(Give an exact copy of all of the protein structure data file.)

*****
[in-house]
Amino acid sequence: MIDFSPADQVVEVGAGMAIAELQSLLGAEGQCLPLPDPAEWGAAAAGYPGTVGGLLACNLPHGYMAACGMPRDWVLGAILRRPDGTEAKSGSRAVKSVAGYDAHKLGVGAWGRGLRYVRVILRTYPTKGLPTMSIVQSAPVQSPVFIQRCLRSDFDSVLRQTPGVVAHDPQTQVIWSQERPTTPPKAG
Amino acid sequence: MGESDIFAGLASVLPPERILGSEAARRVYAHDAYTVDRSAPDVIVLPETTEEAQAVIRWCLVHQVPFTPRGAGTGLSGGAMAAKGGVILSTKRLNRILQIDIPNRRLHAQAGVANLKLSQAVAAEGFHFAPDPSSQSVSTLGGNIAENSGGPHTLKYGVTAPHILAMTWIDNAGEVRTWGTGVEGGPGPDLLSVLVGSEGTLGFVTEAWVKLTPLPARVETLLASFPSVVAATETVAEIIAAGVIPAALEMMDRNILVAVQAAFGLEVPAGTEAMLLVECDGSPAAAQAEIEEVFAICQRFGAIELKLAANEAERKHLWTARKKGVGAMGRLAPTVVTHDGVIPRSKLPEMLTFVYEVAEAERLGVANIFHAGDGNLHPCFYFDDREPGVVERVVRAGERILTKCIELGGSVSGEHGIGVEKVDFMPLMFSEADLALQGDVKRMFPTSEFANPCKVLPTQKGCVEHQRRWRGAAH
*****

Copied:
[in-house]
Amino acid sequence: MIDFSPADQVVEVGAGMAIAELQSLLGAEGQCLPLPDPAEWGAAAAGYPGTVGGLLACNLPHGYMAACGMPRDWVLGAILRRPDGTEAKSGSRAVKSVAGYDAHKLGVGAWGRGLRYVRVILRTYPTKGLPTMSIVQSAPVQSPVFIQRCLRSDFDSVLRQTPGVVAHDPQTQVIWSQERPTTPPKAG
Amino acid sequence: MGESDIFAGLASVLPPERILGSEAARRVYAHDAYTVDRSAPDVIVLPETTEEAQAVIRWCLVHQVPFTPRGAGTGLSGGAMAAKGGVILSTKRLNRILQIDIPNRRLHAQAGVANLKLSQAVAAEGFHFAPDPSSQSVSTLGGNIAENSGGPHTLKYGVTAPHILAMTWIDNAGEVRTWGTGVEGGPGPDLLSVLVGSEGTLGFVTEAWVKLTPLPARVETLLASFPSVVAATETVAEIIAAGVIPAALEMMDRNILVAVQAAFGLEVPAGTEAMLLVECDGSPAAAQAEIEEVFAICQRFGAIELKLAANEAERKHLWTARKKGVGAMGRLAPTVVTHDGVIPRSKLPEMLTFVYEVAEAERLGVANIFHAGDGNLHPCFYFDDREPGVVERVVRAGERILTKCIELGGSVSGEHGIGVEKVDFMPLMFSEADLALQGDVKRMFPTSEFANPCKVLPTQKGCVEHQRRWRGAAH